Using Eyelid Scrubs to Treat Sore Eyes and Blepharitis

Cure your blepharitis with Tea Tree Oil Eyelid Scrub Recipe

1. What is the cause of my blepharitis?

Blepharitis (blo-FAR-uh-it) is inflammation of the cornea or clear covering over the front part of your eyes. Corneal ulcers are small holes in the surface layer of your eye caused by bacteria, fungi, and other microorganisms that live inside it. These organisms produce substances called irritants which damage the cornea. The most common causes of blepharitis include age, smoking, alcohol use, contact lens wear and certain medications such as antibiotics and antihistamines.

2. How do

I treat my blepharitis?

The first step in treating your blepharitis is to remove all sources of irritation from your eyes. If possible, avoid wearing contact lenses. Also, if you smoke cigarettes, stop immediately. Smoking damages the cornea and may lead to blepharitis. If you still have symptoms after stopping smoking, see your doctor or ophthalmologist for further treatment.

3. How long will it take me to get better?

It depends on many factors including the severity of your blepharitis and how quickly you want to recover from any complications associated with it. Some people respond better to treatment than others. Usually, you should begin to feel much better within two weeks. It may take several months for your eyes to completely heal if you have had a long-term problem such as recurring corneal ulcers.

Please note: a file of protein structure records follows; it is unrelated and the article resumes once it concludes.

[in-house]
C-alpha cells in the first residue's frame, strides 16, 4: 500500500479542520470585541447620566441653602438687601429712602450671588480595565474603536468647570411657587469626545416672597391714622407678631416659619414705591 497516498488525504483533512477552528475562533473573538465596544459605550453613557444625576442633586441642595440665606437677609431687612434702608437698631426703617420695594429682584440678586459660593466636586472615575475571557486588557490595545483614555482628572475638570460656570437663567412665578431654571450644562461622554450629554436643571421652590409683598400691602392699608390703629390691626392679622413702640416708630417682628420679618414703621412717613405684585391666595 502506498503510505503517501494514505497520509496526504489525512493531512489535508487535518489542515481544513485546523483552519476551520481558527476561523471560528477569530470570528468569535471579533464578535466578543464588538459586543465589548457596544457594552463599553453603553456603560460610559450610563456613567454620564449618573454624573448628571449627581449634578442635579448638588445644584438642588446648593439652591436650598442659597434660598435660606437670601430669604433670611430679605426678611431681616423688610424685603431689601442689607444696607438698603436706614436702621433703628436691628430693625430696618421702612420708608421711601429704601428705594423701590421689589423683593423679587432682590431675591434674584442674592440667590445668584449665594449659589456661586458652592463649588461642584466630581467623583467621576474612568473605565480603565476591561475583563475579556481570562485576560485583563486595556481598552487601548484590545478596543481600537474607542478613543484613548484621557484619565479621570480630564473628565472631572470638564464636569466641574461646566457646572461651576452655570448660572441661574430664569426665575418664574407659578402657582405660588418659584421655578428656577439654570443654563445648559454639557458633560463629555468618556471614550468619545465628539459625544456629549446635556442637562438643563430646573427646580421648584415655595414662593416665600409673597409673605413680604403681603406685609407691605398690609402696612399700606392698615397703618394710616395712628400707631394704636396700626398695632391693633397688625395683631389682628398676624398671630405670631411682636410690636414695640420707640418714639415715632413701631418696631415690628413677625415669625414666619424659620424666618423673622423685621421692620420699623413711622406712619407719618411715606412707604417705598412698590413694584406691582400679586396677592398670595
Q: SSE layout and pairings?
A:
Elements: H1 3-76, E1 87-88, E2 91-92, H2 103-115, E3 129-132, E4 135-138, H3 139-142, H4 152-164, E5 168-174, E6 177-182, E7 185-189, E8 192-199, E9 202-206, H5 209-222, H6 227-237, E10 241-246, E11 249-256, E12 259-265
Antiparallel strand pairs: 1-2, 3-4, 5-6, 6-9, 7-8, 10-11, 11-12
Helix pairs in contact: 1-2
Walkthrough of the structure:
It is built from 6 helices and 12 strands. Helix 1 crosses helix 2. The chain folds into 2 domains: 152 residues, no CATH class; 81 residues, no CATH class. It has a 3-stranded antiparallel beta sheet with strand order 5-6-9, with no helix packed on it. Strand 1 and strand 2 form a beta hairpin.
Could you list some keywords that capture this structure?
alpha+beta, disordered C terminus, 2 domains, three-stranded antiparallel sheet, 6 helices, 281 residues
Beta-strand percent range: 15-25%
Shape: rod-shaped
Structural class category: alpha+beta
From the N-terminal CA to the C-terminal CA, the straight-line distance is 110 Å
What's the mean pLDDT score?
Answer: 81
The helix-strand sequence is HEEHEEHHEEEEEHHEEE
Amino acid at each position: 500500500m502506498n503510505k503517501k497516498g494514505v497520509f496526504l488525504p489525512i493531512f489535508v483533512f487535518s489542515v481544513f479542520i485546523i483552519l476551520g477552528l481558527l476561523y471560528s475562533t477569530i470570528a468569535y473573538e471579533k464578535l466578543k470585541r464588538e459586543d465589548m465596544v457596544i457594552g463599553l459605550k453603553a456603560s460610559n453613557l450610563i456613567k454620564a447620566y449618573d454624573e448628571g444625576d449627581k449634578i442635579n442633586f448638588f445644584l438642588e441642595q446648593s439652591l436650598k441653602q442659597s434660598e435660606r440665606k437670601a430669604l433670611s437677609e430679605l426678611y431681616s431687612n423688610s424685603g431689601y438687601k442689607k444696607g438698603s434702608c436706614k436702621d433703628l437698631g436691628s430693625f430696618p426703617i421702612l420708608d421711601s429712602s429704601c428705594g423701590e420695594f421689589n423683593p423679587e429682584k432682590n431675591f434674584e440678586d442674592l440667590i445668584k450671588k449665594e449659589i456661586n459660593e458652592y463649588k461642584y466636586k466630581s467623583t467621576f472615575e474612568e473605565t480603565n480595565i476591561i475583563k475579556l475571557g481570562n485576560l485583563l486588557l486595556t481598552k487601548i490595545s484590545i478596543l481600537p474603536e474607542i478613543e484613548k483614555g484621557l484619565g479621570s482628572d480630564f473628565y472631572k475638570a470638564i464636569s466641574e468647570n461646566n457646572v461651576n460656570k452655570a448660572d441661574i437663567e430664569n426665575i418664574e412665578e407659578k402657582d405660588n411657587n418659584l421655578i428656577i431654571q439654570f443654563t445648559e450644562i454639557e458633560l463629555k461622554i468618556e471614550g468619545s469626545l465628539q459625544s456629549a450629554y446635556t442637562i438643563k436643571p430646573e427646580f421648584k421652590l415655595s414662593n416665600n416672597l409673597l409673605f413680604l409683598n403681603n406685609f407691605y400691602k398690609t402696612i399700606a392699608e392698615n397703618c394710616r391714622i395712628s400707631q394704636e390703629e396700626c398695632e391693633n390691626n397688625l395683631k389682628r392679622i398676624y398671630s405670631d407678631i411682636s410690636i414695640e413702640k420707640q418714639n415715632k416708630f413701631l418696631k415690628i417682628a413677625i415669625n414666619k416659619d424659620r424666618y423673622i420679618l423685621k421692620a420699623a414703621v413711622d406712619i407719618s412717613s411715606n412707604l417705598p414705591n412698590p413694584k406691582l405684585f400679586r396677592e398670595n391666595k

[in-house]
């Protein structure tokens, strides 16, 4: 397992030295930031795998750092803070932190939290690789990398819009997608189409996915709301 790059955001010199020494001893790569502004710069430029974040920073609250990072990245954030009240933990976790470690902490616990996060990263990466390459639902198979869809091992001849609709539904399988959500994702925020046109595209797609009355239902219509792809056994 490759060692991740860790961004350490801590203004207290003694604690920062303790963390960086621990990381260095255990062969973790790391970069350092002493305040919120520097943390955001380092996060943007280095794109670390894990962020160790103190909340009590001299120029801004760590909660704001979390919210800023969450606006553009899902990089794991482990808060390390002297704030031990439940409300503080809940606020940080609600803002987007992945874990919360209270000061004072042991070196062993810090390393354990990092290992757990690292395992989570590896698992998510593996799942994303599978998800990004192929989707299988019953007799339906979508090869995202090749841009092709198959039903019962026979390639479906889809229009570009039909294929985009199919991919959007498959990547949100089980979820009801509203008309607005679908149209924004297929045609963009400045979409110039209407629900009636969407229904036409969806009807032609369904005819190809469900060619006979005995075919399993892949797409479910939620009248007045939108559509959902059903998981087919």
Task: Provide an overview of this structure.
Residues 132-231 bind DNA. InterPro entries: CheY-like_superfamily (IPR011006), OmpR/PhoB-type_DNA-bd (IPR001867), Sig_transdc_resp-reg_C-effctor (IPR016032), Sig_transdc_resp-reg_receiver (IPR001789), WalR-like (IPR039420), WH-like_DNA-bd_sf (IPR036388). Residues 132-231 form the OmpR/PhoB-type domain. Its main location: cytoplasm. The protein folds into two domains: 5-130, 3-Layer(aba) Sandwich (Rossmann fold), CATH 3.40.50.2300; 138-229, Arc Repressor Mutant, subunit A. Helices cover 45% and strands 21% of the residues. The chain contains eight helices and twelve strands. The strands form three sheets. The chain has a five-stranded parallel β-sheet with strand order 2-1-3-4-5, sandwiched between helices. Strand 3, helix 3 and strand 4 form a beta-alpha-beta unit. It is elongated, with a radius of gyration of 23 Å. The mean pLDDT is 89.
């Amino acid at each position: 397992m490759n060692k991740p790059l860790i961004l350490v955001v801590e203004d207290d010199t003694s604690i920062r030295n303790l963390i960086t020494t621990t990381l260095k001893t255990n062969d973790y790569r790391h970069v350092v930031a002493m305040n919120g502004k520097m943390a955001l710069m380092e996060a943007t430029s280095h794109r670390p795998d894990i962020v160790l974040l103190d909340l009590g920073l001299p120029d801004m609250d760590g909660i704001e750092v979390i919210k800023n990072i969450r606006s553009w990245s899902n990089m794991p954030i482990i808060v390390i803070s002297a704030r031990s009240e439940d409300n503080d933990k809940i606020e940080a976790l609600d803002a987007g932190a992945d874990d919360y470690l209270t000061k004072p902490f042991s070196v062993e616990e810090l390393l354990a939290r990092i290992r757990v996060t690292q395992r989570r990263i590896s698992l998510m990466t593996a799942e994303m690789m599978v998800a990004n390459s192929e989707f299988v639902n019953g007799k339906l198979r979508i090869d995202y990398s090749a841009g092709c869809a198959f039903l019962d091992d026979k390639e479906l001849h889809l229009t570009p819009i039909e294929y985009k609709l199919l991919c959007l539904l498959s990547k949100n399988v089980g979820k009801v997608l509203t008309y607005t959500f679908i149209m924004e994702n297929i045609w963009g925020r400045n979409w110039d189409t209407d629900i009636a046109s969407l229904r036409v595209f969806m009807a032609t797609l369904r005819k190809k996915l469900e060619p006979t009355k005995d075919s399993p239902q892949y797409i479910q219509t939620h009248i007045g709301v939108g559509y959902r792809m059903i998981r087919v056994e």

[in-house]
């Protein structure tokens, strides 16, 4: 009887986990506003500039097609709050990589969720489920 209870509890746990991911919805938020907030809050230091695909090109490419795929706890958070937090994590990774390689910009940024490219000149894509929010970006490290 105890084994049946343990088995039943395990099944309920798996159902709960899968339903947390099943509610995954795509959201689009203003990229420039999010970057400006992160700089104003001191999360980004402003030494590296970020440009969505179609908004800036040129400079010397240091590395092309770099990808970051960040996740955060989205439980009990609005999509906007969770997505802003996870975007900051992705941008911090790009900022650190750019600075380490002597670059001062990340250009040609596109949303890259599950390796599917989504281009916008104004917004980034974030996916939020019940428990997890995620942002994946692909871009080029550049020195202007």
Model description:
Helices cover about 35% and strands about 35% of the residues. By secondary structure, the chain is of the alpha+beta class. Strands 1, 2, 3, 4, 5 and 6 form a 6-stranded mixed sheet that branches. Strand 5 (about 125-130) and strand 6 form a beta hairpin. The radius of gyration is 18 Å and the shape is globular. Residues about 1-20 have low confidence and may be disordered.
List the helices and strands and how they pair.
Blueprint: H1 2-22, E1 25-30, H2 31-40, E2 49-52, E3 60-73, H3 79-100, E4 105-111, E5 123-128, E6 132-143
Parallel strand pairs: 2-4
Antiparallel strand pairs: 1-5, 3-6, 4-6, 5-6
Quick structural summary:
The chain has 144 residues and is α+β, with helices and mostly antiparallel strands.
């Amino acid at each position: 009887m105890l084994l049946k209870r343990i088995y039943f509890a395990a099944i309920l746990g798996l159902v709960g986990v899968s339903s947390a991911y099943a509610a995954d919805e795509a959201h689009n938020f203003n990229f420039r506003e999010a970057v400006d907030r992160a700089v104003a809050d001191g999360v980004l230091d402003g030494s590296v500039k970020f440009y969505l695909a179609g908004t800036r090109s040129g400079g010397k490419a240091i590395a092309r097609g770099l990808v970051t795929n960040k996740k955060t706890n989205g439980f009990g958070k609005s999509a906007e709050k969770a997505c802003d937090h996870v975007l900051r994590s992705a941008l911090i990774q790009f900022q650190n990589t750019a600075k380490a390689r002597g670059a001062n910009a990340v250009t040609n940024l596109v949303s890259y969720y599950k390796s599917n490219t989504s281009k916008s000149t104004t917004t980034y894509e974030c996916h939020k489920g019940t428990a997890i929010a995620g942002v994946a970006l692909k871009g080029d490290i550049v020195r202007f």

4. What are some things

I can do to prevent it from coming back?

By treating your blepharitis appropriately and addressing any external factors that may have caused it, you can usually prevent it from coming back. These factors include avoiding contact lens wear if possible, quitting smoking, minimizing your use of alcohol and certain medications, and making sure that you are eating a proper diet. Discuss with your doctor or ophthalmologist other changes you can make to your lifestyle to prevent recurrence of your blepharitis.

5. How can

I get more information?

Talk to your doctor or ophthalmologist about your concerns. He or she can examine your eyes and confirm a diagnosis of blepharitis. After that, he or she can discuss treatment options with you and answer any questions you might have.

What are the best treatment options for blepharitis?

1. Steroid eye drops such as fluocinolone, prednisolone or dexamethasone are the standard of care for blepharitis.

These eye drops may also be combined with antibiotics.

2. Warm compresses promote healing and relieve irritation.

3. Antibiotics such as tetracycline, erythromycin, or biaxin are typically used in combination with warm compresses.

4. In severe cases of blepharitis, your doctor may inject steroids directly into the lining of your eyelids to quickly reduce inflammation and promote healing.

5. If you wear contact lenses, your doctor may recommend that you temporarily stop using them or switch to daily disposable contacts if you have not already done so.

6. When to see a doctor: If your blepharitis is severe or does not improve with treatment within a few weeks, contact your eye doctor immediately.

He or she can prescribe stronger or additional treatment options such as the steroid injections mentioned above.

Sources & references used in this article:

Multicenter open-label study evaluating the efficacy of azithromycin ophthalmic solution 1% on the signs and symptoms of subjects with blepharitis by RM Haque, GL Torkildsen, K Brubaker, RC Zink… – Cornea, 2010 – journals.lww.com

Treatment of blepharitis: recent clinical trials by SC Pflugfelder, PM Karpecki, VL Perez – The ocular surface, 2014 – Elsevier

… –0.1% dexamethasone combination compared to 1% azithromycin alone, 0.1% dexamethasone alone, and vehicle in the treatment of subjects with blepharitis by H Koo, TH Kim, KW Kim, SW Wee, YS Chun, JC Kim – Journal of Korean medical …, 2012

Interventions for chronic blepharitis by K Hosseini, RL Lindstrom, G Foulks… – Clinical Ophthalmology …, 2016 – ncbi.nlm.nih.gov

Experiences in treating patients for blepharitis by K Lindsley, S Matsumura, E Hatef… – Cochrane Database of …, 2012 – cochranelibrary.com